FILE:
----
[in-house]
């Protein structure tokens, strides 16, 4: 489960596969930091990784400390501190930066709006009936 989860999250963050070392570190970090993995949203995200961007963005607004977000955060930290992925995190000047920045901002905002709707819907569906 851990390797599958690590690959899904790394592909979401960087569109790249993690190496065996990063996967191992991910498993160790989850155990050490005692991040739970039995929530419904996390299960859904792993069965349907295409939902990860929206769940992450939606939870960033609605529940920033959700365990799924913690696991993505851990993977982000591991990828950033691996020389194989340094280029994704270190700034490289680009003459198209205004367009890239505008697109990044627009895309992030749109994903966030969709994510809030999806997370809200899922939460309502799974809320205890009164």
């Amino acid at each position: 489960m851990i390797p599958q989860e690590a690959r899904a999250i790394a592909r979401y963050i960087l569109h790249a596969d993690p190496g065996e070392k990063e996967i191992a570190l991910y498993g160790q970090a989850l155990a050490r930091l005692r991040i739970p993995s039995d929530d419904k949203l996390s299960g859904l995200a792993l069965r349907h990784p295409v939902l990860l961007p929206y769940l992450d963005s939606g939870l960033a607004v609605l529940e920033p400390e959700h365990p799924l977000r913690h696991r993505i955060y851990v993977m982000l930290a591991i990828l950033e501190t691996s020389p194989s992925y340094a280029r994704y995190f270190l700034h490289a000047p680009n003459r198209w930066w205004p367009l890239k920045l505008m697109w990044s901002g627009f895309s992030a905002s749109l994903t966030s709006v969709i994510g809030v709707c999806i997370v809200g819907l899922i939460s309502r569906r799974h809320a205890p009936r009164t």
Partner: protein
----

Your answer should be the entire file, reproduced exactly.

[in-house]
């Protein structure tokens, strides 16, 4: 489960596969930091990784400390501190930066709006009936 989860999250963050070392570190970090993995949203995200961007963005607004977000955060930290992925995190000047920045901002905002709707819907569906 851990390797599958690590690959899904790394592909979401960087569109790249993690190496065996990063996967191992991910498993160790989850155990050490005692991040739970039995929530419904996390299960859904792993069965349907295409939902990860929206769940992450939606939870960033609605529940920033959700365990799924913690696991993505851990993977982000591991990828950033691996020389194989340094280029994704270190700034490289680009003459198209205004367009890239505008697109990044627009895309992030749109994903966030969709994510809030999806997370809200899922939460309502799974809320205890009164």
């Amino acid at each position: 489960m851990i390797p599958q989860e690590a690959r899904a999250i790394a592909r979401y963050i960087l569109h790249a596969d993690p190496g065996e070392k990063e996967i191992a570190l991910y498993g160790q970090a989850l155990a050490r930091l005692r991040i739970p993995s039995d929530d419904k949203l996390s299960g859904l995200a792993l069965r349907h990784p295409v939902l990860l961007p929206y769940l992450d963005s939606g939870l960033a607004v609605l529940e920033p400390e959700h365990p799924l977000r913690h696991r993505i955060y851990v993977m982000l930290a591991i990828l950033e501190t691996s020389p194989s992925y340094a280029r994704y995190f270190l700034h490289a000047p680009n003459r198209w930066w205004p367009l890239k920045l505008m697109w990044s901002g627009f895309s992030a905002s749109l994903t966030s709006v969709i994510g809030v709707c999806i997370v809200g819907l899922i939460s309502r569906r799974h809320a205890p009936r009164t």
Partner: protein